We’ve Got the Blues, Again

Tomorrow I have a moth event at Blashford, we will be opening two moth traps and looking through at the catch, identifying and photographing them. Over the last few days we have caught three Clifden nonpareil moths, also known as the blue underwing, this is a spectacular species and probably the UK moth with the largest wing area. In fact there was one yesterday and another today, obviously it would be great if there was one tomorrow, but things being what they are I suspect there won’t be! It is also still quite rare nationally, having only recently recolonized the UK, luckily for us the New Forest area is probably their stronghold.

Clifden nonpareil

Clifden nonpareil, or blue underwing.

The caterpillars feed on aspen and probably other poplar species, as it happens we have a number of aspen at Blashford Lakes, which is probably why they seem to be established on the reserve. Aspen is an interesting tree as is has quiet a lot of insect species associated with it. It is a tree that can grow very tall, but also produces lots of suckers, so there can be niches for species that prefer the canopy and shrub layer provided for by a single tree. It is very prone to being browsed and the suckers are often eaten off, increasing numbers of deer are probably one reason that aspen is in decline in many areas.

We may not see a Clifden nonpareil, but I hope we will see a good few moths and one thing that I am fairly sure about is that a number of them will be yellow or orange, autumn is the season for yellow moths, probably because it is the time for yellow leaves.

sallow and pink-barred sallow

pink-barred sallow and sallow

Although autumn is well underway now there at still quite a lot of insects about when the sun comes out, southern hawker, migrant hawker and common darter dragonflies are still around in fair numbers and butterflies include red admiral, comma and a lot of speckled wood. As I was eating lunch yesterday I noticed a fly on the picnic table next to me and realised it was one of the snail-killing flies.

Elgiva cucularia

Elgiva cucuaria a snail-killing fly.

It is the larvae that kill the snails, in the case of this species , aquatic snails, which is probably why it was close to the Education Centre pond.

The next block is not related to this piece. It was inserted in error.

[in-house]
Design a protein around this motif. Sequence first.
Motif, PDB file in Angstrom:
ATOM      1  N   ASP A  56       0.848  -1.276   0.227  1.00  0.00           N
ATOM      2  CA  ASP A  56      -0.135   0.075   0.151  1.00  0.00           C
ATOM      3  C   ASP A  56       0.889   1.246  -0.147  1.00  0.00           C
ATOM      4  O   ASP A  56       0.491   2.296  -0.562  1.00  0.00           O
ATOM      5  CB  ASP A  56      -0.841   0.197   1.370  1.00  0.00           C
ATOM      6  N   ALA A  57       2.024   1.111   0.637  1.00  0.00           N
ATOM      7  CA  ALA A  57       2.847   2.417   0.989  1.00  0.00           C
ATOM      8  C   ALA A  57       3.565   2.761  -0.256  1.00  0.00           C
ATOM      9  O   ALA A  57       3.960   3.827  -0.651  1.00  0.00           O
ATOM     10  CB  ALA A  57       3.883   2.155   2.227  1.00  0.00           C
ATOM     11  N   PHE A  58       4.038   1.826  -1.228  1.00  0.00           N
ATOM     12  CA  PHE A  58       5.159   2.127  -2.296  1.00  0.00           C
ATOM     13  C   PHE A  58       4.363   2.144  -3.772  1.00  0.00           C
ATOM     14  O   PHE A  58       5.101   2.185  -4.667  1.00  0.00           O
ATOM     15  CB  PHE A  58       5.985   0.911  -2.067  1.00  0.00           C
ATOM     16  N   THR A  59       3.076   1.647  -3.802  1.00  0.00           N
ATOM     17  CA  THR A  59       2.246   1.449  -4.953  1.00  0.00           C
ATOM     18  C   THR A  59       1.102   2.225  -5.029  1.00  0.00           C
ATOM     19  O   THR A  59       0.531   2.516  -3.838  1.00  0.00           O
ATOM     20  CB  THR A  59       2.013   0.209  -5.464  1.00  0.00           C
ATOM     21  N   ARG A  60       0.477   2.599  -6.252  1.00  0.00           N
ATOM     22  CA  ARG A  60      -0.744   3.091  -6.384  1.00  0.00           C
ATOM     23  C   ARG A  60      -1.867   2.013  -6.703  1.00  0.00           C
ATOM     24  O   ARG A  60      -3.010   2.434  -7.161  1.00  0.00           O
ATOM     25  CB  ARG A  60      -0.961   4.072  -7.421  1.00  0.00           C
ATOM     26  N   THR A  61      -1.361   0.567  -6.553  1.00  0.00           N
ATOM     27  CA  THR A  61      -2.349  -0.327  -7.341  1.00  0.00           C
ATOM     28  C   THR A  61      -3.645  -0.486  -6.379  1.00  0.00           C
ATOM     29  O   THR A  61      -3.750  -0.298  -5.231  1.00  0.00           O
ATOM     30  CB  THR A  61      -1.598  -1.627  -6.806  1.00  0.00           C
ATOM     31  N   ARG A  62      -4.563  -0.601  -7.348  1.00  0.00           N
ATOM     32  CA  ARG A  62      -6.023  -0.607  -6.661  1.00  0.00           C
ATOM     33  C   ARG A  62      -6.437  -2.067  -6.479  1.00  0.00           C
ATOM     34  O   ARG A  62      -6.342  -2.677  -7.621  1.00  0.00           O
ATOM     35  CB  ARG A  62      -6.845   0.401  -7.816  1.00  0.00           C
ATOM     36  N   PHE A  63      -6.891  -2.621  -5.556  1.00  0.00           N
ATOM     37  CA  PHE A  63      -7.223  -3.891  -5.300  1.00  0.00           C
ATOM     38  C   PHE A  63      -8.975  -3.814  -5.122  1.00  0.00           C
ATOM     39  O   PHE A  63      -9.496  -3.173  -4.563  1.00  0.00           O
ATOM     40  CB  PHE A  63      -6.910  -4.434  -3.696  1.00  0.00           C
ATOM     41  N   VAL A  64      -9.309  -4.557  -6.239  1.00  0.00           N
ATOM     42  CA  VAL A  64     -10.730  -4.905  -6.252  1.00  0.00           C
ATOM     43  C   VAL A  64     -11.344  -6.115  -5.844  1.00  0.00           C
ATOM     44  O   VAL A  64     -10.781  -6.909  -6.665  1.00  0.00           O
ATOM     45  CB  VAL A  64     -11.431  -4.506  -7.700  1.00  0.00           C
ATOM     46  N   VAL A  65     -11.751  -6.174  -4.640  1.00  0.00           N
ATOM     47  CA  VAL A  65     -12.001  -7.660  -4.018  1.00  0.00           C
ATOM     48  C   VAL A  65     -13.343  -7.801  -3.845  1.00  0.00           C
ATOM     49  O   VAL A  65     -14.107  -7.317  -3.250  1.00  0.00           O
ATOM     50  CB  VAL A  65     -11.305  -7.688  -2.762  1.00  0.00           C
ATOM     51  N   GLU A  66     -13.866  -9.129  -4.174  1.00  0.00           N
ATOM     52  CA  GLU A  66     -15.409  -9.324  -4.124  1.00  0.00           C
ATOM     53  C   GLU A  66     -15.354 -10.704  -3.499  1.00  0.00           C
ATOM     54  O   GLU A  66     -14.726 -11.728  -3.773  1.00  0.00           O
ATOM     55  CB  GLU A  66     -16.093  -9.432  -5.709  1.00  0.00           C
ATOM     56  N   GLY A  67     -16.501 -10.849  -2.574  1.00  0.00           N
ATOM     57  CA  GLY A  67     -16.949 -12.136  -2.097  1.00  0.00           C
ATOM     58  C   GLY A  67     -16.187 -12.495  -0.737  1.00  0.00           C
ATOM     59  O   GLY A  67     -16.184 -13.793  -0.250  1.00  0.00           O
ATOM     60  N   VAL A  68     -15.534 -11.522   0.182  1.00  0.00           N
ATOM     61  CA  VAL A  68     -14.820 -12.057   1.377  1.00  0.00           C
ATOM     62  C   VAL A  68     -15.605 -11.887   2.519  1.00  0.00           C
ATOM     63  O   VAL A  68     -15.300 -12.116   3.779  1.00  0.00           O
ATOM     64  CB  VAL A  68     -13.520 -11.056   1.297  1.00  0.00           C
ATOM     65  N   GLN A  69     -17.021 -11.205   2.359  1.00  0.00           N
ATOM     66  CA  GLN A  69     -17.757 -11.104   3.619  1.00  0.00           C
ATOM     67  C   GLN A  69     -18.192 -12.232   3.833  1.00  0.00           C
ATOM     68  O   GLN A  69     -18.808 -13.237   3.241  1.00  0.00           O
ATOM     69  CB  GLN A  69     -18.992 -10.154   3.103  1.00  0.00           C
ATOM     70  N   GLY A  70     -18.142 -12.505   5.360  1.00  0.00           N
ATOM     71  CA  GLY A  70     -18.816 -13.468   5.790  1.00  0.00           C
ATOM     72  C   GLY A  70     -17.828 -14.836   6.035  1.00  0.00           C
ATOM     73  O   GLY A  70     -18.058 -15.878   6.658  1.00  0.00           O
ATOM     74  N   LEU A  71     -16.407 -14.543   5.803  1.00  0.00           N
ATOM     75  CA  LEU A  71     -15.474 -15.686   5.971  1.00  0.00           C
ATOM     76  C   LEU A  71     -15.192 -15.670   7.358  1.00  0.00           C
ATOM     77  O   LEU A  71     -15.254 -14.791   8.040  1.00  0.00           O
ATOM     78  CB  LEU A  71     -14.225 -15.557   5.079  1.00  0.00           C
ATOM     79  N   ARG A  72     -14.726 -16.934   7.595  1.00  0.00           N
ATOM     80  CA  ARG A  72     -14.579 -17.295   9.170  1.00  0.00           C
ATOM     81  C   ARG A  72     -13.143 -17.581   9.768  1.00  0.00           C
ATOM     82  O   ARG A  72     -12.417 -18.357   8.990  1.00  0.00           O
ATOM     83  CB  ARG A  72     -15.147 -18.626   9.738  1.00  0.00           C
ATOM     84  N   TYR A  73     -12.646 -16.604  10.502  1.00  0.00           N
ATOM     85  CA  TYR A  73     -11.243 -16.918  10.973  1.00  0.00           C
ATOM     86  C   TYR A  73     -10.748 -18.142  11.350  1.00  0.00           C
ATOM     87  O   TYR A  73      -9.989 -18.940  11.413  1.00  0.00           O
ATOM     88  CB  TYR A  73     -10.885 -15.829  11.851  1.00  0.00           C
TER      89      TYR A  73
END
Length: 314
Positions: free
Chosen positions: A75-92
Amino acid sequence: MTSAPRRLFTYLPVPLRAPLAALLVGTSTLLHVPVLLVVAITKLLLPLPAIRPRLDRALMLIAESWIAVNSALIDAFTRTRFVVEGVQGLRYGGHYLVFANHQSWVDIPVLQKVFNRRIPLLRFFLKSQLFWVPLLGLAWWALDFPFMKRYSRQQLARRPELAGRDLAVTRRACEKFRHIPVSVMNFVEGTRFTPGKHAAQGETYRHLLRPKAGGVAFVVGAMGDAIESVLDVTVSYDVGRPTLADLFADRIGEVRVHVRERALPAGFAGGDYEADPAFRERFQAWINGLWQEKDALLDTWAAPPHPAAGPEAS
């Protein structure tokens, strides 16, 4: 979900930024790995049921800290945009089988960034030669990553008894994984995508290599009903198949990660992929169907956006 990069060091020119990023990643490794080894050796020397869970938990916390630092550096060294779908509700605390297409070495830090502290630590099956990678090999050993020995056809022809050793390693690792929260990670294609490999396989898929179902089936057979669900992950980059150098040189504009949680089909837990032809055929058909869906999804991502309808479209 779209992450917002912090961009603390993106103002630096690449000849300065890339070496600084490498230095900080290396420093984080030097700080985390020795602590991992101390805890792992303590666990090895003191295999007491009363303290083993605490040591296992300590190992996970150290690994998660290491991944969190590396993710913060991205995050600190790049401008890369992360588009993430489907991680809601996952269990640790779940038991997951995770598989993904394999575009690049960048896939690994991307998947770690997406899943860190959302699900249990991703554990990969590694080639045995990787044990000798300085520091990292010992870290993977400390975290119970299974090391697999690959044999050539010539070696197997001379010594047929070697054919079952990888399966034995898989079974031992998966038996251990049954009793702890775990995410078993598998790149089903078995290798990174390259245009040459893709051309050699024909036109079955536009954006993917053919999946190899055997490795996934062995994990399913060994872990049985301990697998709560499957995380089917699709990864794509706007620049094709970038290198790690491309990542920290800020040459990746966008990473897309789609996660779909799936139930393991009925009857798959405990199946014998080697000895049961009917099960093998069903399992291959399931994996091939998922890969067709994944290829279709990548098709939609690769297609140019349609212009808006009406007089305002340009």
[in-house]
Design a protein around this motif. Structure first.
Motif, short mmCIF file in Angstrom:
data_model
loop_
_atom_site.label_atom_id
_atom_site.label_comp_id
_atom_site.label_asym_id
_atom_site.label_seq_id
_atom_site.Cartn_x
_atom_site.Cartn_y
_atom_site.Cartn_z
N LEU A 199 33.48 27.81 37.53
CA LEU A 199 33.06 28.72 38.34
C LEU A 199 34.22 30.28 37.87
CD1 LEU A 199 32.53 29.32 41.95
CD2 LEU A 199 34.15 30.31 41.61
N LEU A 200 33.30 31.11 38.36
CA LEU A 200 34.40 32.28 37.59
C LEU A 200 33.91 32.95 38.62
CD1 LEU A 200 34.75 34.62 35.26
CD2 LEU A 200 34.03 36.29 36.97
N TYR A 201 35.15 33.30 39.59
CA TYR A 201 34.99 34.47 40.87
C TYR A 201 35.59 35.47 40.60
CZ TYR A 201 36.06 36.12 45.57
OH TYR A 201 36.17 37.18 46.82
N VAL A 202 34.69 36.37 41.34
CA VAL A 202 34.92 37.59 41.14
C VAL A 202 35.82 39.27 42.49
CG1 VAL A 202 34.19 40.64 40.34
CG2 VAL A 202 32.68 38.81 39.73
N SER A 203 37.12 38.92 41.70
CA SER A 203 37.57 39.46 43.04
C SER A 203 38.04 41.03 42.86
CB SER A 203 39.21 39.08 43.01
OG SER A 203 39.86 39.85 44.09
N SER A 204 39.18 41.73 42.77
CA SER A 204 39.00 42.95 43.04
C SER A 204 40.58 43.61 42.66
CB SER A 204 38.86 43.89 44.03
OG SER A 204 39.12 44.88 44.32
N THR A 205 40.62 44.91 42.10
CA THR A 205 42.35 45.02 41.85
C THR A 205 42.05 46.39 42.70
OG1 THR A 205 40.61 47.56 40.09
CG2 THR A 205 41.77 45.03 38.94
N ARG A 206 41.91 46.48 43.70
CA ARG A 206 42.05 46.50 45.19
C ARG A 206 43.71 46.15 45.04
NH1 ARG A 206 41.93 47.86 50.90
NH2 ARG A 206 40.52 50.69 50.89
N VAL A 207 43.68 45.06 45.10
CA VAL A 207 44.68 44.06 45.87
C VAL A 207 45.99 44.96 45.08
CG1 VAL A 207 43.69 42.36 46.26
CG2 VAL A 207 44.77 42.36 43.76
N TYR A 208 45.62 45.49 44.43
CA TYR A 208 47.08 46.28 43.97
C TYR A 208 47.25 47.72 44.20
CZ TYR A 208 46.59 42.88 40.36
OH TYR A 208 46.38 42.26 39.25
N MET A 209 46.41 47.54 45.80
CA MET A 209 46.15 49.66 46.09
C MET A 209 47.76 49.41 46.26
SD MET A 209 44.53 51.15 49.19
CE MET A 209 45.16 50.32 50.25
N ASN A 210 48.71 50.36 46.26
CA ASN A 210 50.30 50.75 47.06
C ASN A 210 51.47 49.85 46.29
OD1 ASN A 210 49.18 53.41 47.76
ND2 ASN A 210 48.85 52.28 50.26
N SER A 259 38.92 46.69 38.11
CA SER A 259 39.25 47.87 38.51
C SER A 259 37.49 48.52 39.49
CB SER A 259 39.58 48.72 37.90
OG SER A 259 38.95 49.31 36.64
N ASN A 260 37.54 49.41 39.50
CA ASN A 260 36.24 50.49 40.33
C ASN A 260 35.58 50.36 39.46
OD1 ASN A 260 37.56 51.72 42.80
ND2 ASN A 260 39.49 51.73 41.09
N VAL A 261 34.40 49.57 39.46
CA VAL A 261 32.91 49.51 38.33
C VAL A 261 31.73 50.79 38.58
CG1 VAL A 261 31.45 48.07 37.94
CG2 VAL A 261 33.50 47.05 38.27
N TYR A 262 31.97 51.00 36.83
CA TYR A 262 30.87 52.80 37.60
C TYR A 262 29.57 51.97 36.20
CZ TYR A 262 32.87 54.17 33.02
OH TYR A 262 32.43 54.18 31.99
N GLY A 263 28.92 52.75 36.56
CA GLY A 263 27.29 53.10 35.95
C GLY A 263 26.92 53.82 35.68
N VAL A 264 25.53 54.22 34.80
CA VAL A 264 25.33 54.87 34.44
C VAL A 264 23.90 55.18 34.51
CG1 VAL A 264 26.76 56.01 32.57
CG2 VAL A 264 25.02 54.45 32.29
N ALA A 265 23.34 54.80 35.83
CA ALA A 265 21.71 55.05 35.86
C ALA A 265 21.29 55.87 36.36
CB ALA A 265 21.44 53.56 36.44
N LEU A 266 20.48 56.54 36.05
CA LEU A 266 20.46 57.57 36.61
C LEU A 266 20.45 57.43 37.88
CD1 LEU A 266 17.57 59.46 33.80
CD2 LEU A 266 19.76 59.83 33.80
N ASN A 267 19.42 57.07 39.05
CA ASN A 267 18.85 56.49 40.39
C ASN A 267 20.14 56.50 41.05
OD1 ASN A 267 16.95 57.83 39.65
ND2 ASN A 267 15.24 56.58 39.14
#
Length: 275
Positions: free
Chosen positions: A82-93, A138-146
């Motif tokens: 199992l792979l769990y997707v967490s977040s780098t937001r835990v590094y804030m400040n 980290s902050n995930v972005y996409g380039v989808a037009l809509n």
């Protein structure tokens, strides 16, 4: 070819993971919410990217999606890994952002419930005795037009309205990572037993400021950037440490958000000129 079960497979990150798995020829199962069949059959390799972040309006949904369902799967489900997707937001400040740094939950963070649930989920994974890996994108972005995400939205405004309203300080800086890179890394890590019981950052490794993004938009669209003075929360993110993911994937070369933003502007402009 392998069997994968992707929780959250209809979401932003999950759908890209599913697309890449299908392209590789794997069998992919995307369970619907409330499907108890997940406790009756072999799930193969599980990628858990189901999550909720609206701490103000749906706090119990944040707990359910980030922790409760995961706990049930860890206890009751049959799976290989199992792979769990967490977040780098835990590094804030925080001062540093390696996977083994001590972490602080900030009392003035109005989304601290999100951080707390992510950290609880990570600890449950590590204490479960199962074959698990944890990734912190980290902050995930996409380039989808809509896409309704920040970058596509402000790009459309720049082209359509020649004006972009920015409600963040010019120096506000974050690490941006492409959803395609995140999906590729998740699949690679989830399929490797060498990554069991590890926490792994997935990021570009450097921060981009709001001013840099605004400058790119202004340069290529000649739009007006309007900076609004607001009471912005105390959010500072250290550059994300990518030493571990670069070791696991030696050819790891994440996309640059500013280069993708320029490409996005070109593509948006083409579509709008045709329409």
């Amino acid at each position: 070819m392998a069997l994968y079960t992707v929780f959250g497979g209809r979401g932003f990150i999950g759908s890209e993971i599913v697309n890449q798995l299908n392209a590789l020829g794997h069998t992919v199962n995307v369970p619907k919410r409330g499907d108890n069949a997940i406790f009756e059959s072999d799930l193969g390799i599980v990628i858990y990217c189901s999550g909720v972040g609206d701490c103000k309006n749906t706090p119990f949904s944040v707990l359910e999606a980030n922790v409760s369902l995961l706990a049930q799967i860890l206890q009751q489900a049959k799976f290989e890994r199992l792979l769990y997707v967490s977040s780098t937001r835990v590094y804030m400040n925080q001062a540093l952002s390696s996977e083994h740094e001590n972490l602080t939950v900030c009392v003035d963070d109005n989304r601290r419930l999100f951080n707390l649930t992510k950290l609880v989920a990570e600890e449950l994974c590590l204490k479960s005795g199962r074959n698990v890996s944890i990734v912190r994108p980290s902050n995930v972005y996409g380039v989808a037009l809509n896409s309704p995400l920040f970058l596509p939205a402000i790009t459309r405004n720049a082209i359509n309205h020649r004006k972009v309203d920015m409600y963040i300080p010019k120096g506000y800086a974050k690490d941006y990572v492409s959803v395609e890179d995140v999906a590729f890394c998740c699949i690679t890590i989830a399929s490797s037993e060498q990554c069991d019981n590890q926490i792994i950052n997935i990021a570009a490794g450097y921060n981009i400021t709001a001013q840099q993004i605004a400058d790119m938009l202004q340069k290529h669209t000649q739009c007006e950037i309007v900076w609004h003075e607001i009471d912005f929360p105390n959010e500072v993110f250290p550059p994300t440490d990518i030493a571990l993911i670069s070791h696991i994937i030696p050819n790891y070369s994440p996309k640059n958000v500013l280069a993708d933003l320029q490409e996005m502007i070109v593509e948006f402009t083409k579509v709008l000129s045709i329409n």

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30 Days Wild – Day 28: Good for Snails?

This maybe the time of year when the sun is at its highest but it was hard to tell today as it never actually stopped raining, it eased to drizzle at times, but never stopped.  It seemed that the return of wet weather had every froglet, toadlet, slug and snail out and about in celebration of the end of the hot, dry days.

The night was damp but warm with the cloud overhead and the moth trap was quite busy again, I had only one out last night. Although it is a “Moth trap” it would be more correct to call it a nocturnal flying insect trap as it catches many other insects, in fact sometimes many more non-moths than moths. One of last night’s non-moths was a fly and one that probably also benefits from damp conditions as it was a snail-killing fly. It is actually the larvae that are the killers of snails and slugs. Considering I have so many slugs and snails in my garden it is surprising I have never found a snail-killing fly there, although the reason for this is that they do not generally prey on the common garden species.

snail killer

snail-killing fly

I also realised that yesterday’s moth catch included one that was new to the reserve, although all the books describe it as “common”, I had never seen one before. It was a green arches. Looking at the distribution map for Hampshire it is apparent that it avoids the New Forest area for some reason, despite being a moth of damp woodland, perhaps it does not like acid soils.